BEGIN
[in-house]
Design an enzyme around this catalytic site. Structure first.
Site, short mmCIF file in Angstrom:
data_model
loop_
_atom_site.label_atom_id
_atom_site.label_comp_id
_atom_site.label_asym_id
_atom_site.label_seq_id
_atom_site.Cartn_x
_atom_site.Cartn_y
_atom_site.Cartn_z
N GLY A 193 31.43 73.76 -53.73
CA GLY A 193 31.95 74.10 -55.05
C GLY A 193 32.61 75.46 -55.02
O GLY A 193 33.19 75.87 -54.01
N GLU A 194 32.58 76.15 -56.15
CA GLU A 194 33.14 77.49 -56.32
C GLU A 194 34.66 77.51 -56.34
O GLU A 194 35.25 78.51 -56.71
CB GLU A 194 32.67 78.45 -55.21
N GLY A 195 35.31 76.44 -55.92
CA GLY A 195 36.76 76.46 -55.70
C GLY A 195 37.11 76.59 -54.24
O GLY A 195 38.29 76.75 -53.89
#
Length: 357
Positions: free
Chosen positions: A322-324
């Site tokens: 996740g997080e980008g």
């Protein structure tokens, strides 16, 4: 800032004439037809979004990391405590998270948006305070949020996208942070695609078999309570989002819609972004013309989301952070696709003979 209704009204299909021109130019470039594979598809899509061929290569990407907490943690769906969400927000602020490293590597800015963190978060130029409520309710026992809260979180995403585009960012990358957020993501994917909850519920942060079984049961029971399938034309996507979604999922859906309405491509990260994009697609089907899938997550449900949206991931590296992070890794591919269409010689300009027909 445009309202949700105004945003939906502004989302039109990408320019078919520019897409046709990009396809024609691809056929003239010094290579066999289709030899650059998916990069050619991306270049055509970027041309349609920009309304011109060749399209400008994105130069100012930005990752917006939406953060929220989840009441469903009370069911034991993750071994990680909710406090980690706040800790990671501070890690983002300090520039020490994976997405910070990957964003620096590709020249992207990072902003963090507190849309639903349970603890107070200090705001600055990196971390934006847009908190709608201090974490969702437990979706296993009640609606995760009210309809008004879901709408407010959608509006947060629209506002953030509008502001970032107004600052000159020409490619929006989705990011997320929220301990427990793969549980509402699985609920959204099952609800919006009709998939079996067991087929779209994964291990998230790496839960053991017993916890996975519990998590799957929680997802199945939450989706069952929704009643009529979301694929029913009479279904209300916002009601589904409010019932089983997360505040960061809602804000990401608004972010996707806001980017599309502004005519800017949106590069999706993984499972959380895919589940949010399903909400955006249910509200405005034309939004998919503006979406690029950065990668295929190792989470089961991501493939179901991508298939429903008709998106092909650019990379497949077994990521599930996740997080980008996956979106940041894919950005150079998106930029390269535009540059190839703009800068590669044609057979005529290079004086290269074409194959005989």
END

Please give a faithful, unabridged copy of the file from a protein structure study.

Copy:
[in-house]
Design an enzyme around this catalytic site. Structure first.
Site, short mmCIF file in Angstrom:
data_model
loop_
_atom_site.label_atom_id
_atom_site.label_comp_id
_atom_site.label_asym_id
_atom_site.label_seq_id
_atom_site.Cartn_x
_atom_site.Cartn_y
_atom_site.Cartn_z
N GLY A 193 31.43 73.76 -53.73
CA GLY A 193 31.95 74.10 -55.05
C GLY A 193 32.61 75.46 -55.02
O GLY A 193 33.19 75.87 -54.01
N GLU A 194 32.58 76.15 -56.15
CA GLU A 194 33.14 77.49 -56.32
C GLU A 194 34.66 77.51 -56.34
O GLU A 194 35.25 78.51 -56.71
CB GLU A 194 32.67 78.45 -55.21
N GLY A 195 35.31 76.44 -55.92
CA GLY A 195 36.76 76.46 -55.70
C GLY A 195 37.11 76.59 -54.24
O GLY A 195 38.29 76.75 -53.89
#
Length: 357
Positions: free
Chosen positions: A322-324
């Site tokens: 996740g997080e980008g």
């Protein structure tokens, strides 16, 4: 800032004439037809979004990391405590998270948006305070949020996208942070695609078999309570989002819609972004013309989301952070696709003979 209704009204299909021109130019470039594979598809899509061929290569990407907490943690769906969400927000602020490293590597800015963190978060130029409520309710026992809260979180995403585009960012990358957020993501994917909850519920942060079984049961029971399938034309996507979604999922859906309405491509990260994009697609089907899938997550449900949206991931590296992070890794591919269409010689300009027909 445009309202949700105004945003939906502004989302039109990408320019078919520019897409046709990009396809024609691809056929003239010094290579066999289709030899650059998916990069050619991306270049055509970027041309349609920009309304011109060749399209400008994105130069100012930005990752917006939406953060929220989840009441469903009370069911034991993750071994990680909710406090980690706040800790990671501070890690983002300090520039020490994976997405910070990957964003620096590709020249992207990072902003963090507190849309639903349970603890107070200090705001600055990196971390934006847009908190709608201090974490969702437990979706296993009640609606995760009210309809008004879901709408407010959608509006947060629209506002953030509008502001970032107004600052000159020409490619929006989705990011997320929220301990427990793969549980509402699985609920959204099952609800919006009709998939079996067991087929779209994964291990998230790496839960053991017993916890996975519990998590799957929680997802199945939450989706069952929704009643009529979301694929029913009479279904209300916002009601589904409010019932089983997360505040960061809602804000990401608004972010996707806001980017599309502004005519800017949106590069999706993984499972959380895919589940949010399903909400955006249910509200405005034309939004998919503006979406690029950065990668295929190792989470089961991501493939179901991508298939429903008709998106092909650019990379497949077994990521599930996740997080980008996956979106940041894919950005150079998106930029390269535009540059190839703009800068590669044609057979005529290079004086290269074409194959005989």